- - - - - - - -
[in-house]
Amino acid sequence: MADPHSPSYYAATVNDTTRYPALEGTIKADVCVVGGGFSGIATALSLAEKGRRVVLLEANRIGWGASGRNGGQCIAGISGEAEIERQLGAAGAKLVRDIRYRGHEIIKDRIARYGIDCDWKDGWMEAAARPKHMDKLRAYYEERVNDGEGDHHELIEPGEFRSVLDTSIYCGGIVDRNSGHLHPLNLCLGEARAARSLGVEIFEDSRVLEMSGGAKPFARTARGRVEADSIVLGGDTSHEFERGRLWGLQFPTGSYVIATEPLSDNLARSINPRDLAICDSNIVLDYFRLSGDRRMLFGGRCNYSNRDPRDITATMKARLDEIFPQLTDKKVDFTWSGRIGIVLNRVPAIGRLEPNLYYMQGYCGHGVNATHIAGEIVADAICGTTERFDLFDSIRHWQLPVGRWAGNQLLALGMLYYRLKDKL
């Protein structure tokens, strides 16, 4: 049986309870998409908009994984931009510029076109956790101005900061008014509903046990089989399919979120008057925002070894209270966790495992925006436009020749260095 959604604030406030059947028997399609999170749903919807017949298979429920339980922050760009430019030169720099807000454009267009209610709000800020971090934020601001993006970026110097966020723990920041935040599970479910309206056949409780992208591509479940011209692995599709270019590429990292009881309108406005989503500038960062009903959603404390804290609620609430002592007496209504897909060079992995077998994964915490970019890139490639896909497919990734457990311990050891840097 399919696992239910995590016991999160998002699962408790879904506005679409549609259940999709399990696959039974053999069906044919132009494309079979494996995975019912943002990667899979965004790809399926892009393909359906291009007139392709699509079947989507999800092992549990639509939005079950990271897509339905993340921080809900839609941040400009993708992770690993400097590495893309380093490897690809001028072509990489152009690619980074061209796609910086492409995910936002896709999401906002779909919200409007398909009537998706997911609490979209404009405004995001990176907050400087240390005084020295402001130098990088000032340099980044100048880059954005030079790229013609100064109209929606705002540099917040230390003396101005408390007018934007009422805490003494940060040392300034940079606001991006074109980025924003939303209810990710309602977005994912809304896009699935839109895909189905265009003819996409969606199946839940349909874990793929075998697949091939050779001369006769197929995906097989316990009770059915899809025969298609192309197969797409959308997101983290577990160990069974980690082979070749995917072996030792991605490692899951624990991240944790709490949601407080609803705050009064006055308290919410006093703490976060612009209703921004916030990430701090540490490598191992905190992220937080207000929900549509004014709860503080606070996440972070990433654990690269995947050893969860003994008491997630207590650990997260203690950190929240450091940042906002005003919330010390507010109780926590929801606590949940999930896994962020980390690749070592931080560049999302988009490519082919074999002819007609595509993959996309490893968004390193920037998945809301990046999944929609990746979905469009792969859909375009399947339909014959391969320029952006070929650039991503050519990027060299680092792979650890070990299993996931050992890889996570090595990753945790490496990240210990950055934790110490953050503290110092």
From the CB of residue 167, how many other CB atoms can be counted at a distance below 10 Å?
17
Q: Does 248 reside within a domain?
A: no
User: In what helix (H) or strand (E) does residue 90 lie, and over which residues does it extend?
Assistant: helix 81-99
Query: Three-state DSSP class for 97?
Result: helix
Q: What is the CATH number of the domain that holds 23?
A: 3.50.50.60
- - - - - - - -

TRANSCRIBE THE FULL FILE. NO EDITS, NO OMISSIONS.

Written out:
[in-house]
Amino acid sequence: MADPHSPSYYAATVNDTTRYPALEGTIKADVCVVGGGFSGIATALSLAEKGRRVVLLEANRIGWGASGRNGGQCIAGISGEAEIERQLGAAGAKLVRDIRYRGHEIIKDRIARYGIDCDWKDGWMEAAARPKHMDKLRAYYEERVNDGEGDHHELIEPGEFRSVLDTSIYCGGIVDRNSGHLHPLNLCLGEARAARSLGVEIFEDSRVLEMSGGAKPFARTARGRVEADSIVLGGDTSHEFERGRLWGLQFPTGSYVIATEPLSDNLARSINPRDLAICDSNIVLDYFRLSGDRRMLFGGRCNYSNRDPRDITATMKARLDEIFPQLTDKKVDFTWSGRIGIVLNRVPAIGRLEPNLYYMQGYCGHGVNATHIAGEIVADAICGTTERFDLFDSIRHWQLPVGRWAGNQLLALGMLYYRLKDKL
């Protein structure tokens, strides 16, 4: 049986309870998409908009994984931009510029076109956790101005900061008014509903046990089989399919979120008057925002070894209270966790495992925006436009020749260095 959604604030406030059947028997399609999170749903919807017949298979429920339980922050760009430019030169720099807000454009267009209610709000800020971090934020601001993006970026110097966020723990920041935040599970479910309206056949409780992208591509479940011209692995599709270019590429990292009881309108406005989503500038960062009903959603404390804290609620609430002592007496209504897909060079992995077998994964915490970019890139490639896909497919990734457990311990050891840097 399919696992239910995590016991999160998002699962408790879904506005679409549609259940999709399990696959039974053999069906044919132009494309079979494996995975019912943002990667899979965004790809399926892009393909359906291009007139392709699509079947989507999800092992549990639509939005079950990271897509339905993340921080809900839609941040400009993708992770690993400097590495893309380093490897690809001028072509990489152009690619980074061209796609910086492409995910936002896709999401906002779909919200409007398909009537998706997911609490979209404009405004995001990176907050400087240390005084020295402001130098990088000032340099980044100048880059954005030079790229013609100064109209929606705002540099917040230390003396101005408390007018934007009422805490003494940060040392300034940079606001991006074109980025924003939303209810990710309602977005994912809304896009699935839109895909189905265009003819996409969606199946839940349909874990793929075998697949091939050779001369006769197929995906097989316990009770059915899809025969298609192309197969797409959308997101983290577990160990069974980690082979070749995917072996030792991605490692899951624990991240944790709490949601407080609803705050009064006055308290919410006093703490976060612009209703921004916030990430701090540490490598191992905190992220937080207000929900549509004014709860503080606070996440972070990433654990690269995947050893969860003994008491997630207590650990997260203690950190929240450091940042906002005003919330010390507010109780926590929801606590949940999930896994962020980390690749070592931080560049999302988009490519082919074999002819007609595509993959996309490893968004390193920037998945809301990046999944929609990746979905469009792969859909375009399947339909014959391969320029952006070929650039991503050519990027060299680092792979650890070990299993996931050992890889996570090595990753945790490496990240210990950055934790110490953050503290110092």
From the CB of residue 167, how many other CB atoms can be counted at a distance below 10 Å?
17
Q: Does 248 reside within a domain?
A: no
User: In what helix (H) or strand (E) does residue 90 lie, and over which residues does it extend?
Assistant: helix 81-99
Query: Three-state DSSP class for 97?
Result: helix
Q: What is the CATH number of the domain that holds 23?
A: 3.50.50.60